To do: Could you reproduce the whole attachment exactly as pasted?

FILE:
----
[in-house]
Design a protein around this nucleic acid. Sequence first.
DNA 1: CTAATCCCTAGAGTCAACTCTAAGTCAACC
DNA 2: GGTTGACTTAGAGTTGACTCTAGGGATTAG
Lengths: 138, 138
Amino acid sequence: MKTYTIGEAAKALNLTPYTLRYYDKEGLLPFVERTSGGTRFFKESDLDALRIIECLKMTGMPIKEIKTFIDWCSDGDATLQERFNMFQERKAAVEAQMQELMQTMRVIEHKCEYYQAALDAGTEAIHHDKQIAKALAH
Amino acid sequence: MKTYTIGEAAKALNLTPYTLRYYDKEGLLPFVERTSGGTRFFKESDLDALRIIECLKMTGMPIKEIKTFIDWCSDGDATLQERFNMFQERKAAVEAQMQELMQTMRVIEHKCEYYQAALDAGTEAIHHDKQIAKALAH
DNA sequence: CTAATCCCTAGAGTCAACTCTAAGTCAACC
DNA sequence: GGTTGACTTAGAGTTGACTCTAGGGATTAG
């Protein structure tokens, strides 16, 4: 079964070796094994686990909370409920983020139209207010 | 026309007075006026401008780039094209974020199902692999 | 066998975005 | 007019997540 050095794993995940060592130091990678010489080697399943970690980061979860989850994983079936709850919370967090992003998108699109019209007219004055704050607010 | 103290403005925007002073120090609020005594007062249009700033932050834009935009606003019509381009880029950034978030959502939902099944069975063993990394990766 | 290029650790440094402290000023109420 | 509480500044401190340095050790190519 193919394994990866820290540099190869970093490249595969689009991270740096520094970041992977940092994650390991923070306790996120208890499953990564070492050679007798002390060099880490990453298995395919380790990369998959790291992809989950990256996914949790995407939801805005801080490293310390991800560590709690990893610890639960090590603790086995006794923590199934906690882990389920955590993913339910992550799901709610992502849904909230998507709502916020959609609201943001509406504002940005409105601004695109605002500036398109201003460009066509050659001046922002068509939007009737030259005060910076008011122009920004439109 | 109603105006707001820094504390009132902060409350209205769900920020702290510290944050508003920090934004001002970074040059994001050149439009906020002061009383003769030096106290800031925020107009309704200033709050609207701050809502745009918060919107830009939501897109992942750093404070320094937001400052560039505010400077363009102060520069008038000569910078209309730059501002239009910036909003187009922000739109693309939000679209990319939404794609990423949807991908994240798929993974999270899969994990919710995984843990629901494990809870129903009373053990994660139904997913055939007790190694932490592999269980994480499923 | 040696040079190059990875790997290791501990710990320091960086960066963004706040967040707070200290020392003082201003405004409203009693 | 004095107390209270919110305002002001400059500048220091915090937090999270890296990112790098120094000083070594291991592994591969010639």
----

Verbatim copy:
[in-house]
Design a protein around this nucleic acid. Sequence first.
DNA 1: CTAATCCCTAGAGTCAACTCTAAGTCAACC
DNA 2: GGTTGACTTAGAGTTGACTCTAGGGATTAG
Lengths: 138, 138
Amino acid sequence: MKTYTIGEAAKALNLTPYTLRYYDKEGLLPFVERTSGGTRFFKESDLDALRIIECLKMTGMPIKEIKTFIDWCSDGDATLQERFNMFQERKAAVEAQMQELMQTMRVIEHKCEYYQAALDAGTEAIHHDKQIAKALAH
Amino acid sequence: MKTYTIGEAAKALNLTPYTLRYYDKEGLLPFVERTSGGTRFFKESDLDALRIIECLKMTGMPIKEIKTFIDWCSDGDATLQERFNMFQERKAAVEAQMQELMQTMRVIEHKCEYYQAALDAGTEAIHHDKQIAKALAH
DNA sequence: CTAATCCCTAGAGTCAACTCTAAGTCAACC
DNA sequence: GGTTGACTTAGAGTTGACTCTAGGGATTAG
């Protein structure tokens, strides 16, 4: 079964070796094994686990909370409920983020139209207010 | 026309007075006026401008780039094209974020199902692999 | 066998975005 | 007019997540 050095794993995940060592130091990678010489080697399943970690980061979860989850994983079936709850919370967090992003998108699109019209007219004055704050607010 | 103290403005925007002073120090609020005594007062249009700033932050834009935009606003019509381009880029950034978030959502939902099944069975063993990394990766 | 290029650790440094402290000023109420 | 509480500044401190340095050790190519 193919394994990866820290540099190869970093490249595969689009991270740096520094970041992977940092994650390991923070306790996120208890499953990564070492050679007798002390060099880490990453298995395919380790990369998959790291992809989950990256996914949790995407939801805005801080490293310390991800560590709690990893610890639960090590603790086995006794923590199934906690882990389920955590993913339910992550799901709610992502849904909230998507709502916020959609609201943001509406504002940005409105601004695109605002500036398109201003460009066509050659001046922002068509939007009737030259005060910076008011122009920004439109 | 109603105006707001820094504390009132902060409350209205769900920020702290510290944050508003920090934004001002970074040059994001050149439009906020002061009383003769030096106290800031925020107009309704200033709050609207701050809502745009918060919107830009939501897109992942750093404070320094937001400052560039505010400077363009102060520069008038000569910078209309730059501002239009910036909003187009922000739109693309939000679209990319939404794609990423949807991908994240798929993974999270899969994990919710995984843990629901494990809870129903009373053990994660139904997913055939007790190694932490592999269980994480499923 | 040696040079190059990875790997290791501990710990320091960086960066963004706040967040707070200290020392003082201003405004409203009693 | 004095107390209270919110305002002001400059500048220091915090937090999270890296990112790098120094000083070594291991592994591969010639």